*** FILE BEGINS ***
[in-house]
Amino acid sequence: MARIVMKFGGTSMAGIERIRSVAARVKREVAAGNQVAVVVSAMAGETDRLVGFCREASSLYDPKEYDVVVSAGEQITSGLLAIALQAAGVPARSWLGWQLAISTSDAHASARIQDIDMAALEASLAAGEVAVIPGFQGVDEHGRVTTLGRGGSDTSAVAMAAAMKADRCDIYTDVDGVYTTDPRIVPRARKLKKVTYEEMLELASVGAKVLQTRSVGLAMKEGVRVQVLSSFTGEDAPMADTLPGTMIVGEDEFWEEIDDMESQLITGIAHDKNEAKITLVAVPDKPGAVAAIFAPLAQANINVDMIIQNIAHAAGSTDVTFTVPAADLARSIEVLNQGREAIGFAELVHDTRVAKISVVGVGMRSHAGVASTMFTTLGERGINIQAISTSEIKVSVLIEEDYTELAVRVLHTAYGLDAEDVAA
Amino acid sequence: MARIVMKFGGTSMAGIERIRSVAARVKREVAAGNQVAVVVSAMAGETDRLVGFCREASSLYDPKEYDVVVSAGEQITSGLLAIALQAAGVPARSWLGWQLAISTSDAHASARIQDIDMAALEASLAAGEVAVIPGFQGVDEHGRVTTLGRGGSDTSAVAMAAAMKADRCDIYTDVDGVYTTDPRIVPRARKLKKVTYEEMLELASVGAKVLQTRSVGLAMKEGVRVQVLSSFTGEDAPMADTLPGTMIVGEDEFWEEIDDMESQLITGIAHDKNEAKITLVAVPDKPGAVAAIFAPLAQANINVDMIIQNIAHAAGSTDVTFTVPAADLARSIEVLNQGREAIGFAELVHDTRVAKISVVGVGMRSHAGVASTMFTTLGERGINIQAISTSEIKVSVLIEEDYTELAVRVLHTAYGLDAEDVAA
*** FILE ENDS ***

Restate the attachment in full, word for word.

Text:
[in-house]
Amino acid sequence: MARIVMKFGGTSMAGIERIRSVAARVKREVAAGNQVAVVVSAMAGETDRLVGFCREASSLYDPKEYDVVVSAGEQITSGLLAIALQAAGVPARSWLGWQLAISTSDAHASARIQDIDMAALEASLAAGEVAVIPGFQGVDEHGRVTTLGRGGSDTSAVAMAAAMKADRCDIYTDVDGVYTTDPRIVPRARKLKKVTYEEMLELASVGAKVLQTRSVGLAMKEGVRVQVLSSFTGEDAPMADTLPGTMIVGEDEFWEEIDDMESQLITGIAHDKNEAKITLVAVPDKPGAVAAIFAPLAQANINVDMIIQNIAHAAGSTDVTFTVPAADLARSIEVLNQGREAIGFAELVHDTRVAKISVVGVGMRSHAGVASTMFTTLGERGINIQAISTSEIKVSVLIEEDYTELAVRVLHTAYGLDAEDVAA
Amino acid sequence: MARIVMKFGGTSMAGIERIRSVAARVKREVAAGNQVAVVVSAMAGETDRLVGFCREASSLYDPKEYDVVVSAGEQITSGLLAIALQAAGVPARSWLGWQLAISTSDAHASARIQDIDMAALEASLAAGEVAVIPGFQGVDEHGRVTTLGRGGSDTSAVAMAAAMKADRCDIYTDVDGVYTTDPRIVPRARKLKKVTYEEMLELASVGAKVLQTRSVGLAMKEGVRVQVLSSFTGEDAPMADTLPGTMIVGEDEFWEEIDDMESQLITGIAHDKNEAKITLVAVPDKPGAVAAIFAPLAQANINVDMIIQNIAHAAGSTDVTFTVPAADLARSIEVLNQGREAIGFAELVHDTRVAKISVVGVGMRSHAGVASTMFTTLGERGINIQAISTSEIKVSVLIEEDYTELAVRVLHTAYGLDAEDVAA